MAY 8, 1927


Born in Juneau, Alaska, Nora spoke only Tlingit until age 8.  Working with linguist husband Richard Dauenhauer, she was highly influential in preserving and teaching the Tlingit language.  At University of Alaska, she translated and transcribed works of Tlingit culture into books.  Along with poems and short stories, her scholarly works include Beginning Tlingit and Russians in Tlingit America: The Battles of Sitka, 1802 And 1804, which won an American Book Award.  From 1983-1997, she was principal researcher in language and cultural studies at the Sealaska Heritage Foundation.  In 2012, she was named Alaska State Writer Laureate.  Awards include:  Humanist of the Year, Alaska Humanities Forum (1980); Alaska Governor’s Award for the Arts (1989); Before Columbus Foundation American Book Award (1991 & 2008); Lifetime Achievement Award, Central Council of Tlingit & Haida Indian tribes of Alaska (2007); and Alaska Women’s Hall of Fame (2010).  She died September 25, 2017.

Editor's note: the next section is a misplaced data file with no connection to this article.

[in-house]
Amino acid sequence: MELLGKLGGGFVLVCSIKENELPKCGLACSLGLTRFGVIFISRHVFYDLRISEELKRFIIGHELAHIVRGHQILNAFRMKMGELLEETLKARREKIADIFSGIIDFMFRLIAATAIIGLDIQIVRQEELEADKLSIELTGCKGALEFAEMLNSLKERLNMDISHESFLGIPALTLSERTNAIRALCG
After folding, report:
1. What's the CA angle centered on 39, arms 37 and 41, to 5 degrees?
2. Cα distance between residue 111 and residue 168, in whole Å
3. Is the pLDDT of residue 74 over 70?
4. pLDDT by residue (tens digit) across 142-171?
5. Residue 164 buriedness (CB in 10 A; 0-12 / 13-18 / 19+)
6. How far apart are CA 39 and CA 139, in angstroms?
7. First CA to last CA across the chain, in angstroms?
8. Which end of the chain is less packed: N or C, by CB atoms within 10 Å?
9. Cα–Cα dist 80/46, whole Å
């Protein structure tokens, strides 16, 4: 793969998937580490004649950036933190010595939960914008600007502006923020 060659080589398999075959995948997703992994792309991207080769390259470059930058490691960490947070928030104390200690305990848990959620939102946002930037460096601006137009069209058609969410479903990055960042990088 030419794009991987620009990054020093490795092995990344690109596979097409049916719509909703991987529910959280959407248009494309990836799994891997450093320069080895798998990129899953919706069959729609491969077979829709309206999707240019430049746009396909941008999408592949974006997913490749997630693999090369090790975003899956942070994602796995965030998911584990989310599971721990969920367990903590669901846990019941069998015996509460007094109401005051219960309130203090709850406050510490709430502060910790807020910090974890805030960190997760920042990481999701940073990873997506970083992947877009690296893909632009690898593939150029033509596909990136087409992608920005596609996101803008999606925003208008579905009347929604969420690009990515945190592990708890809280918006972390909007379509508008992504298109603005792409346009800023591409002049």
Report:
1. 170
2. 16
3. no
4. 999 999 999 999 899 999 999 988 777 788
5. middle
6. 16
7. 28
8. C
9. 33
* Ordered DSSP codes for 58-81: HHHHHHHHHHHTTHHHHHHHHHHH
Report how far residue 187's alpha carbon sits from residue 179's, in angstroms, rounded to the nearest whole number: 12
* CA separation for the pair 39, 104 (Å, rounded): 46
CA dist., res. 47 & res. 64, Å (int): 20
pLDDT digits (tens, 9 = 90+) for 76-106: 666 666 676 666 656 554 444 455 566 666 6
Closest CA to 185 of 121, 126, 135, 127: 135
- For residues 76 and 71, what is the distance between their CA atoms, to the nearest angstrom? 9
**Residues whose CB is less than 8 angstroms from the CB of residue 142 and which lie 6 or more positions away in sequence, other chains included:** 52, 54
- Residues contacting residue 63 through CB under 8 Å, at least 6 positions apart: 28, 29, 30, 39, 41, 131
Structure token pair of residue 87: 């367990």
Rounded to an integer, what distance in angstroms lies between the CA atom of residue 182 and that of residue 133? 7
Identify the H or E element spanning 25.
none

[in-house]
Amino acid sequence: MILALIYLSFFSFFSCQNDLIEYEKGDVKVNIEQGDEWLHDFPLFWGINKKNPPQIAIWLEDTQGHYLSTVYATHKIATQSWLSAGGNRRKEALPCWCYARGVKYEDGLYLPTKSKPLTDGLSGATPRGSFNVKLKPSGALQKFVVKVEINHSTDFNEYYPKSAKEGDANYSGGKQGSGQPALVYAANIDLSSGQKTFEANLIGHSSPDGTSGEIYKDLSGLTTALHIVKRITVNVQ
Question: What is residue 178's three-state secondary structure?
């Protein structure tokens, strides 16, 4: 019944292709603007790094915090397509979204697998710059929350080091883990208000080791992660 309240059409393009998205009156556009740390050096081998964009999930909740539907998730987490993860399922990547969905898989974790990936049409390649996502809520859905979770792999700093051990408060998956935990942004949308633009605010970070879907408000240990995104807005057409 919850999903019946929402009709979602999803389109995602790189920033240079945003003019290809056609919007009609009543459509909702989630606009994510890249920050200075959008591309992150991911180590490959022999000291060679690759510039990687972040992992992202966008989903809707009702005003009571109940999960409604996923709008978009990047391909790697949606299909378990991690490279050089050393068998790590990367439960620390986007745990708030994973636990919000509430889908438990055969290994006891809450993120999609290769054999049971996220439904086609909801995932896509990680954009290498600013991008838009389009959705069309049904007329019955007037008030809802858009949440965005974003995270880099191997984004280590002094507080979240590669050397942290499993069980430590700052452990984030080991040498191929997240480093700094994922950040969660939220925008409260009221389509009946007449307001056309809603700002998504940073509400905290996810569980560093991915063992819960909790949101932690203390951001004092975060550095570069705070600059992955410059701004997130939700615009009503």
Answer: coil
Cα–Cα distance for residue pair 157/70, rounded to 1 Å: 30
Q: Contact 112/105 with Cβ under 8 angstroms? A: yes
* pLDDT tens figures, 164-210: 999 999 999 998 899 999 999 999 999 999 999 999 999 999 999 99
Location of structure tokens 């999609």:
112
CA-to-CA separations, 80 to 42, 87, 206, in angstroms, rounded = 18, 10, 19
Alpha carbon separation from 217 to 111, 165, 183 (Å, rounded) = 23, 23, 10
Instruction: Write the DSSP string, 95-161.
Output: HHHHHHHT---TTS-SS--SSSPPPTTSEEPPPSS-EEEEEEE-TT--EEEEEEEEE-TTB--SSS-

Sources:  Amy Fletcher, “Alaska woman brings Tlingit culture to Writer Laureate,” Juneau Empire Fairbanks Daily News-Miner, 12/1/2012.  Retrieved 6/29/2019,  Kevin Gullufsen, "Native scholar, writer laureate Nora Dauenhauer dies at 90". Juneau Empire, 9/25/2017.  Retrieved 6/29/2019,
Photo:  Sam Beebe, 11/2/2011, Ecotrust.  Permissive Use pursuant to Creative Commons Attribution 2.0 Generic,

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